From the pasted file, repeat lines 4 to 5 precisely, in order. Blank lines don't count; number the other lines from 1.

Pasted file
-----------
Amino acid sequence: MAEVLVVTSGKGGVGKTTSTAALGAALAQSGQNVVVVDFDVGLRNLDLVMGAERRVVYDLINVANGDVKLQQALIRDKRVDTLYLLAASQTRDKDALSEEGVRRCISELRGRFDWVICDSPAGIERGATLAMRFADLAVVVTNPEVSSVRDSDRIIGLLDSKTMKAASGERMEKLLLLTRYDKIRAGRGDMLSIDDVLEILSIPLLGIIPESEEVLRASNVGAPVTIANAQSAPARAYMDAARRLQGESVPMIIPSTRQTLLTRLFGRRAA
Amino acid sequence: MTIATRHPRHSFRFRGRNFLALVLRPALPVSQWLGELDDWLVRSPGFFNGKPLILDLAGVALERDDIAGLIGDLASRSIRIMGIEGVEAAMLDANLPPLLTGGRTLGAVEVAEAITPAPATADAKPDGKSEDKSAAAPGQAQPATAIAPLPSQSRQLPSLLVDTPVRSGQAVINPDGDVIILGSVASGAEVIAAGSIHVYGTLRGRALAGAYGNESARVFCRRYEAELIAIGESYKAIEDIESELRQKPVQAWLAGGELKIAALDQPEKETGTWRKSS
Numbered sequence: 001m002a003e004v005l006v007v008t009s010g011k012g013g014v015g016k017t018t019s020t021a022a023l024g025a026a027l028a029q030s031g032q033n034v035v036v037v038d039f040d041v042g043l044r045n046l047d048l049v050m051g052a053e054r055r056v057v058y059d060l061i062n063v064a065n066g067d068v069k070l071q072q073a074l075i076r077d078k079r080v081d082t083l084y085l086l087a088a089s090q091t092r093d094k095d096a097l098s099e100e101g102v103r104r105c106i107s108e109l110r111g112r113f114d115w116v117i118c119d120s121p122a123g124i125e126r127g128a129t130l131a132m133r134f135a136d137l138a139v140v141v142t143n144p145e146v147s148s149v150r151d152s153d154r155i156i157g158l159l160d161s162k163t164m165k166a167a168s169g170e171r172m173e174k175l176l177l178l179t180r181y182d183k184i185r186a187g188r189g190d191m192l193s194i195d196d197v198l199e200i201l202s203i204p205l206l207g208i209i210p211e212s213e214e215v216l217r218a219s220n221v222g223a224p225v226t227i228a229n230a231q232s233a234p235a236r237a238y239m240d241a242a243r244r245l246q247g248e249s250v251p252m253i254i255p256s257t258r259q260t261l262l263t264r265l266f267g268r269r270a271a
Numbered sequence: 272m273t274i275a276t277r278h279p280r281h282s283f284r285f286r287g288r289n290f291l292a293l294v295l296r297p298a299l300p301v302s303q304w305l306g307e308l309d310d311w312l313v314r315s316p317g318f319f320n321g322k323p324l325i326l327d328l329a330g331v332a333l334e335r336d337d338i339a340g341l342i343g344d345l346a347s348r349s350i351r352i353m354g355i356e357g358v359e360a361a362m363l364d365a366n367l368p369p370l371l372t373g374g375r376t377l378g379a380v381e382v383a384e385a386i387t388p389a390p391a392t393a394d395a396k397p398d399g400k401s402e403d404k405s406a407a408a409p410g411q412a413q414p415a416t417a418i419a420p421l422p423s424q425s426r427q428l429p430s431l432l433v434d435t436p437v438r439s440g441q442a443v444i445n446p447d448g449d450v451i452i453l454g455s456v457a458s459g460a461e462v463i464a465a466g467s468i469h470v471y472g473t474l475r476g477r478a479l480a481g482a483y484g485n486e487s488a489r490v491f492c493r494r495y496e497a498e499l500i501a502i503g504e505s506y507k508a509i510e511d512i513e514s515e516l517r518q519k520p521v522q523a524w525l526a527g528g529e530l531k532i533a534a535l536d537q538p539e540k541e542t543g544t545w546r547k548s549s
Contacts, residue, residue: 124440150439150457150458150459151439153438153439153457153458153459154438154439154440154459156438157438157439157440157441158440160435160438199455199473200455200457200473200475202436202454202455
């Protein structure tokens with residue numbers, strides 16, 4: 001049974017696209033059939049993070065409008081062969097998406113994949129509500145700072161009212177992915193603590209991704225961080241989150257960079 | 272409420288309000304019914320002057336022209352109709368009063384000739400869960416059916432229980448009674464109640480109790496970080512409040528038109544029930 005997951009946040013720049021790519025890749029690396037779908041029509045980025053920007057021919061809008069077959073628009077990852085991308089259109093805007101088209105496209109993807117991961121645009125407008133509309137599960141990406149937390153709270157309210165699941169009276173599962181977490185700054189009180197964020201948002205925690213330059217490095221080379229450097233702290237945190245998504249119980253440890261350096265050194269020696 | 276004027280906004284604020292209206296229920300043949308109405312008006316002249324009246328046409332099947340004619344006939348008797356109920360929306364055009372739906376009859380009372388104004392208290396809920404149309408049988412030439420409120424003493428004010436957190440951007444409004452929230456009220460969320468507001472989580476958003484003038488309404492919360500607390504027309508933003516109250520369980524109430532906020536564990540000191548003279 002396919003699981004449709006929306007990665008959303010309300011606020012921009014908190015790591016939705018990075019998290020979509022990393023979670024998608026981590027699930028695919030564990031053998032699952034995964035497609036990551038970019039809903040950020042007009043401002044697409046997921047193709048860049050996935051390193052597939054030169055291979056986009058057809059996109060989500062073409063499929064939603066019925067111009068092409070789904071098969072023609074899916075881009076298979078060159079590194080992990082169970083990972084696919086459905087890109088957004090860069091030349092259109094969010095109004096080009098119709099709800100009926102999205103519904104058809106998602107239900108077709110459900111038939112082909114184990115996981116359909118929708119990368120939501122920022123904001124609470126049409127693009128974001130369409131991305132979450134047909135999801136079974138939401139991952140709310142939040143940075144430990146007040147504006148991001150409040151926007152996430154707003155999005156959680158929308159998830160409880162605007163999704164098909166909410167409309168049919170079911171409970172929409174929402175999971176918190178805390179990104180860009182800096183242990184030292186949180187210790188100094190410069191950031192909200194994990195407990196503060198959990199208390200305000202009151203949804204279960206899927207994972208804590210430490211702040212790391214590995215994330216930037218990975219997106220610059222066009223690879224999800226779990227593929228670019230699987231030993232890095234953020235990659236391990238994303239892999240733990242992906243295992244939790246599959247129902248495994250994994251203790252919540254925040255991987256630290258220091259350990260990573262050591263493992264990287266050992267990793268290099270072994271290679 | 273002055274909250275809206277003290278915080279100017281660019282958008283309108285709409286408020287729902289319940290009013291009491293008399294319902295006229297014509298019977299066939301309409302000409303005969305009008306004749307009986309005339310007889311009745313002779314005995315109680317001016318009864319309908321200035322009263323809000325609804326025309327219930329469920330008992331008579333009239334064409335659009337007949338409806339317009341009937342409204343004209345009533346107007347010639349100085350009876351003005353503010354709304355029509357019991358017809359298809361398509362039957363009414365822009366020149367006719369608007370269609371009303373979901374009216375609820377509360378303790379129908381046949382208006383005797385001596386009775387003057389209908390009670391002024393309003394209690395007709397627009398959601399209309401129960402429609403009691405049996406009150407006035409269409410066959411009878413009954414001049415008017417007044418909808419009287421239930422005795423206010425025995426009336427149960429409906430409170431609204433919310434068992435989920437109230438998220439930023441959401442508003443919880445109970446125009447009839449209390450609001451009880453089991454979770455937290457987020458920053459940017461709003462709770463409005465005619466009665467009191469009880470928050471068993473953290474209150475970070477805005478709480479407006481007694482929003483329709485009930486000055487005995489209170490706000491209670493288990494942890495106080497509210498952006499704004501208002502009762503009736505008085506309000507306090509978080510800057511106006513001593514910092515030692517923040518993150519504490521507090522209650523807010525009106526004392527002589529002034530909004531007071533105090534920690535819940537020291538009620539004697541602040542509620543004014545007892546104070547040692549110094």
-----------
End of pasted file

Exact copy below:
Numbered sequence: 272m273t274i275a276t277r278h279p280r281h282s283f284r285f286r287g288r289n290f291l292a293l294v295l296r297p298a299l300p301v302s303q304w305l306g307e308l309d310d311w312l313v314r315s316p317g318f319f320n321g322k323p324l325i326l327d328l329a330g331v332a333l334e335r336d337d338i339a340g341l342i343g344d345l346a347s348r349s350i351r352i353m354g355i356e357g358v359e360a361a362m363l364d365a366n367l368p369p370l371l372t373g374g375r376t377l378g379a380v381e382v383a384e385a386i387t388p389a390p391a392t393a394d395a396k397p398d399g400k401s402e403d404k405s406a407a408a409p410g411q412a413q414p415a416t417a418i419a420p421l422p423s424q425s426r427q428l429p430s431l432l433v434d435t436p437v438r439s440g441q442a443v444i445n446p447d448g449d450v451i452i453l454g455s456v457a458s459g460a461e462v463i464a465a466g467s468i469h470v471y472g473t474l475r476g477r478a479l480a481g482a483y484g485n486e487s488a489r490v491f492c493r494r495y496e497a498e499l500i501a502i503g504e505s506y507k508a509i510e511d512i513e514s515e516l517r518q519k520p521v522q523a524w525l526a527g528g529e530l531k532i533a534a535l536d537q538p539e540k541e542t543g544t545w546r547k548s549s
Contacts, residue, residue: 124440150439150457150458150459151439153438153439153457153458153459154438154439154440154459156438157438157439157440157441158440160435160438199455199473200455200457200473200475202436202454202455